When I first arrived in Munich many years ago as a young college student I did not drink beer – at all. Sure, I had tried it, from the cheap stuff that my friends would once in a while get me to try, to the Moosehead we drank with that cool, older friend we so wanted to be like. Of course, Moosehead was Canadian which, at the time, was the closest thing to craft beer any of us had ever seen, but it certainly wasn’t good beer.
Anyway, in Munich not drinking beer is like not breathing air. I persisted for a while, sipping on 0.2 liters of lukewarm Coke while my new-found friends were nipping on their 0.5 Liter beers. For those keeping track at home, that’s a tiny Coke, and a large beer, and given that the Coke was also more expensive it was slowly draining my budget.
Over time, I tried a Radler (the Bavarian counterpart to a shandy) and Weissbier before eventually learning to enjoy that most classic of Munich brews, the Helles. Helles is a golden lager, lightly hopped, with a pleasant malt taste. In this day of massive IPAs it may seem a little mild, but it’s a great session beer, and the staple brew of every Munich biergarten.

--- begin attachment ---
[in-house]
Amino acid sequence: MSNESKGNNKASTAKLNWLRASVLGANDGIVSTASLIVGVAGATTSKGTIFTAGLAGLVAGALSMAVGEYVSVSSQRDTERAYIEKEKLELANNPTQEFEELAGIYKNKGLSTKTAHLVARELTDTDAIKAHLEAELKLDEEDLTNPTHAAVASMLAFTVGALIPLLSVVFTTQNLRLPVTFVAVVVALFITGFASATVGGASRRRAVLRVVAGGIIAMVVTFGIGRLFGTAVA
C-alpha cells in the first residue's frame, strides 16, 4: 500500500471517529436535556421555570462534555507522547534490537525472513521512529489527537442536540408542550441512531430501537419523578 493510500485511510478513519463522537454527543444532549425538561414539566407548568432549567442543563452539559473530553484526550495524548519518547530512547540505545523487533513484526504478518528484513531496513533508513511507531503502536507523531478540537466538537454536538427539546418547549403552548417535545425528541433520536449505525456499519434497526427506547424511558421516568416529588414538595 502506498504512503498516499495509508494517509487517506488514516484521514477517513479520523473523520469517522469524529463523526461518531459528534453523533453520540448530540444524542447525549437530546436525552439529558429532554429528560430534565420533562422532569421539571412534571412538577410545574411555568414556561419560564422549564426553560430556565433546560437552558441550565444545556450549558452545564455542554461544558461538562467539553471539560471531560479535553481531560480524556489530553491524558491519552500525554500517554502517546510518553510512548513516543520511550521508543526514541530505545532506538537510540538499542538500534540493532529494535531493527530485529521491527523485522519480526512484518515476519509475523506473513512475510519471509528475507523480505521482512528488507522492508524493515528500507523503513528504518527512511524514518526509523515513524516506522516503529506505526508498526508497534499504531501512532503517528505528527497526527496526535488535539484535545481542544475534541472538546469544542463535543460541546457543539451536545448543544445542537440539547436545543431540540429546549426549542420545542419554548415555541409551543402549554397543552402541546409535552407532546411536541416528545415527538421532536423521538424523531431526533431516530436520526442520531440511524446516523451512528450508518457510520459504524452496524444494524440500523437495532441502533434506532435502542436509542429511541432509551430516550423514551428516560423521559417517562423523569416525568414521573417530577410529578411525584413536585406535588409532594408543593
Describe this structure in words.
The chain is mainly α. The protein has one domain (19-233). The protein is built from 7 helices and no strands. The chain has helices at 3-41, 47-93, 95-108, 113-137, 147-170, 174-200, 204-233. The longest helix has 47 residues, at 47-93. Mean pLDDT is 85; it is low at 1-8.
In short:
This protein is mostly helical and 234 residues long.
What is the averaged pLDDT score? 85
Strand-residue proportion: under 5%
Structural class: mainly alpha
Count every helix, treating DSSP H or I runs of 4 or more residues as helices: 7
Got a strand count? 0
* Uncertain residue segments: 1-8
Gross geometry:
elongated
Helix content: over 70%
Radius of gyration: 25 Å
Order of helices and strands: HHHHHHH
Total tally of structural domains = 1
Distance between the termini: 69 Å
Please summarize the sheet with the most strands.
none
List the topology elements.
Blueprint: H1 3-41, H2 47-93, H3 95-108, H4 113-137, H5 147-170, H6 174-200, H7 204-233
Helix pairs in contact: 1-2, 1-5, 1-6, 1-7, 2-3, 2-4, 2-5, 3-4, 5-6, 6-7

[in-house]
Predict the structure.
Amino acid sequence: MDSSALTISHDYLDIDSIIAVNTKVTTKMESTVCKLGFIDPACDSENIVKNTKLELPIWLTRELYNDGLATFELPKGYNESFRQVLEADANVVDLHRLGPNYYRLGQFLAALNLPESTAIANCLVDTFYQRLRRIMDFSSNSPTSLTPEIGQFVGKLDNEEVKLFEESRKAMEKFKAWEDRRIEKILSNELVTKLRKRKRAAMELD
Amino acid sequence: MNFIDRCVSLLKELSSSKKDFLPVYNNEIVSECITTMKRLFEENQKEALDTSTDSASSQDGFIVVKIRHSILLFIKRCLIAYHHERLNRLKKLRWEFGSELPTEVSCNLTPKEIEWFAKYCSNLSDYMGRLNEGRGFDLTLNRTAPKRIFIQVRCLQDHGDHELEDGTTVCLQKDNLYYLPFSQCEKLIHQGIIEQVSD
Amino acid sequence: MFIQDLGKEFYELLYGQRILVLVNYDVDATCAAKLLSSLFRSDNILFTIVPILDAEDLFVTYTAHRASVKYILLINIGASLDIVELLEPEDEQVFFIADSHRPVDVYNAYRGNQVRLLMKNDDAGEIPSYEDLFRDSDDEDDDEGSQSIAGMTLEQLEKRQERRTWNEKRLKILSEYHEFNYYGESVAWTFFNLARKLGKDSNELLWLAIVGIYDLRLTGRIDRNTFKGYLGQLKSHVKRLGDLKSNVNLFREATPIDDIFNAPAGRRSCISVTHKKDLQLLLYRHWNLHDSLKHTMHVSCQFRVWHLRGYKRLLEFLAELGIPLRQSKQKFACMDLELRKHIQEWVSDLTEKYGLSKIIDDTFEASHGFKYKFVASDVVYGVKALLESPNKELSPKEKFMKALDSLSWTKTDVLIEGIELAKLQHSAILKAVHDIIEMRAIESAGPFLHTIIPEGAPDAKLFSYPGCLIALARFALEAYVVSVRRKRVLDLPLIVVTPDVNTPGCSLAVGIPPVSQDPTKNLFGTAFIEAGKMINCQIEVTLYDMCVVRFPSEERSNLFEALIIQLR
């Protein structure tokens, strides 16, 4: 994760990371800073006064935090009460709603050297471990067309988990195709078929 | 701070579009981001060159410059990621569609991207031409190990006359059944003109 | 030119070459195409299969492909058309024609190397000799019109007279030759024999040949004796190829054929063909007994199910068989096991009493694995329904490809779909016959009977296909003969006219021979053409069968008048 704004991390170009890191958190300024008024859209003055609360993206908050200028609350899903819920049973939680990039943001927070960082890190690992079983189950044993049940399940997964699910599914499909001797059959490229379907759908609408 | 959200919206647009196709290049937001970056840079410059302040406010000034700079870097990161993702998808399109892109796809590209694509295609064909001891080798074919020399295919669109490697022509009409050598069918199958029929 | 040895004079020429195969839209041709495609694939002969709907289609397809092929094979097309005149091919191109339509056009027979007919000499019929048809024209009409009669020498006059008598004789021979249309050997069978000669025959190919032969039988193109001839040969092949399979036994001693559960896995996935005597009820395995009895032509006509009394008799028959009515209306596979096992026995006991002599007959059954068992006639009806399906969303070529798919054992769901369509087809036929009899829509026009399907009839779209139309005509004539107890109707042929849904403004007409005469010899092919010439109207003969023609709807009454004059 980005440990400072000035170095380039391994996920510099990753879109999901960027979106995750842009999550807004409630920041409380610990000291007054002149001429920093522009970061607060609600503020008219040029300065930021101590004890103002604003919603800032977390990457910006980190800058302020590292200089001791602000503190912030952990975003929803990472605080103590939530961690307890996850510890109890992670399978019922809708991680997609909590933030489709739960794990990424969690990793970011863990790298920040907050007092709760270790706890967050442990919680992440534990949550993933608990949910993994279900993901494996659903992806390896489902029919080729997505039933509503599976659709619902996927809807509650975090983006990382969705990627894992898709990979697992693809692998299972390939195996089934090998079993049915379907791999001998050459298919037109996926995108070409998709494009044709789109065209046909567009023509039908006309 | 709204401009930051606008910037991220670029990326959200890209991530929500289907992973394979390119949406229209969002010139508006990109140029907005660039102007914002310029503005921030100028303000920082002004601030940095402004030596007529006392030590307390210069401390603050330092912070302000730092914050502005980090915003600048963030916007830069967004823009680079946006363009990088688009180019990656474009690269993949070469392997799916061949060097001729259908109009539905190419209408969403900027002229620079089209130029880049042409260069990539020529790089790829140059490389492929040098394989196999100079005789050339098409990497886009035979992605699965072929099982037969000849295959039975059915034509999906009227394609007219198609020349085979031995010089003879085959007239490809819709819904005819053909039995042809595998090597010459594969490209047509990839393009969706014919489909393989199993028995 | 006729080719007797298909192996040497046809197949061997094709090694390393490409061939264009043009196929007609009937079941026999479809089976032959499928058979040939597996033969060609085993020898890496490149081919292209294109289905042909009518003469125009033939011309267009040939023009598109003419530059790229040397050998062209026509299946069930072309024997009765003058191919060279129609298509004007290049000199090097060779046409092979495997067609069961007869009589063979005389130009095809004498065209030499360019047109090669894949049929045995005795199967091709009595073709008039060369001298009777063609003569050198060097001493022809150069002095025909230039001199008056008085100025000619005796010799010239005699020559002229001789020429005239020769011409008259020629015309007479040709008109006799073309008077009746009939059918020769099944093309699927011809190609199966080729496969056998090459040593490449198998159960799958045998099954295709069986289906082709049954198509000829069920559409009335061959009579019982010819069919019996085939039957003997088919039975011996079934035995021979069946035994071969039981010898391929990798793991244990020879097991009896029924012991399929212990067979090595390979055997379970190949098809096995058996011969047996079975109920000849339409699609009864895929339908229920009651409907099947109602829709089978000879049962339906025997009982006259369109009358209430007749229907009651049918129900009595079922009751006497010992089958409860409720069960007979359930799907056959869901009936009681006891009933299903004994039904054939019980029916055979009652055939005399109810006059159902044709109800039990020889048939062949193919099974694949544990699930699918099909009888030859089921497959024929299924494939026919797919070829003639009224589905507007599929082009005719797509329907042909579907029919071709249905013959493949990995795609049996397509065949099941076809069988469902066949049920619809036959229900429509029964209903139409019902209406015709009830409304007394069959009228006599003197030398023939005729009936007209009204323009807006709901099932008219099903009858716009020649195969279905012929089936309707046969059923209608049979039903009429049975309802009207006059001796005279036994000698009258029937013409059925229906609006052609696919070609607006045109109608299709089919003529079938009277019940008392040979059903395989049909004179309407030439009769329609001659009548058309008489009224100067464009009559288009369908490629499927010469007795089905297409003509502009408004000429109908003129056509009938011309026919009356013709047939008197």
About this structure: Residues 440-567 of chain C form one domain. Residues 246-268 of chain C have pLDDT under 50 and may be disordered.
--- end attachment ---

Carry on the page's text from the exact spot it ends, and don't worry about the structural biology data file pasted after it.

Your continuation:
Mild though they may be, no two Helles are alike, and one is the king of them all – the somewhat boastfully named Edelstoff (or “noble stuff”). Augustiner Bräu, the proud brewer of Edelstoff, is Germany’s oldest independent brewery and the smallest and most authentic of Munich’s great breweries. Now, most of the bars in Munich are (or were) tied houses, meaning they served only the beer of their host brewery, most frequently Paulaner or Löwenbräu. I was fortunate enough to live around the corner from an Augustiner pub, so I could enjoy Edelstoff on a regular basis. If you happen to be traveling to Munich, you can swing by the Augustiner Kellar, where Edelstoff is available from wooden casks year-round.
Unfortunately, that’s no longer as easy here in the US, although there are a number of US breweries taking a decent shot at brewing good Helles. None of them, though, are Edelstoff, so it was a very pleasant surprise the other day when a visitor from Germany brought over two precious bottles. Alas, only the 12 ounce bottle, but a pleasure nonetheless.